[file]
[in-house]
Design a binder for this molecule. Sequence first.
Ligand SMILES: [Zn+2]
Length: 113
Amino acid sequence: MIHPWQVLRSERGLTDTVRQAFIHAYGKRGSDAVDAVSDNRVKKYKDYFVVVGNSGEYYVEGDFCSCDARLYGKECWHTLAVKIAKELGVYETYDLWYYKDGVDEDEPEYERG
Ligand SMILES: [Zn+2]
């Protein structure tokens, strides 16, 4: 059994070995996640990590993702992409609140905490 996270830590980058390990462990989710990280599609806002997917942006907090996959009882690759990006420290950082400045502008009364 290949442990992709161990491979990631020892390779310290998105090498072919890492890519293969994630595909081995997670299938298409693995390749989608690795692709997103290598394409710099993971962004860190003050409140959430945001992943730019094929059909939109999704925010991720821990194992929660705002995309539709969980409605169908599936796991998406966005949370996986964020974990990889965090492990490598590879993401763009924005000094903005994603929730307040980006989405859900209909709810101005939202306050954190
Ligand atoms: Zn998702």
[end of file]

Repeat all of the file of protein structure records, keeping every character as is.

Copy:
[in-house]
Design a binder for this molecule. Sequence first.
Ligand SMILES: [Zn+2]
Length: 113
Amino acid sequence: MIHPWQVLRSERGLTDTVRQAFIHAYGKRGSDAVDAVSDNRVKKYKDYFVVVGNSGEYYVEGDFCSCDARLYGKECWHTLAVKIAKELGVYETYDLWYYKDGVDEDEPEYERG
Ligand SMILES: [Zn+2]
């Protein structure tokens, strides 16, 4: 059994070995996640990590993702992409609140905490 996270830590980058390990462990989710990280599609806002997917942006907090996959009882690759990006420290950082400045502008009364 290949442990992709161990491979990631020892390779310290998105090498072919890492890519293969994630595909081995997670299938298409693995390749989608690795692709997103290598394409710099993971962004860190003050409140959430945001992943730019094929059909939109999704925010991720821990194992929660705002995309539709969980409605169908599936796991998406966005949370996986964020974990990889965090492990490598590879993401763009924005000094903005994603929730307040980006989405859900209909709810101005939202306050954190
Ligand atoms: Zn998702």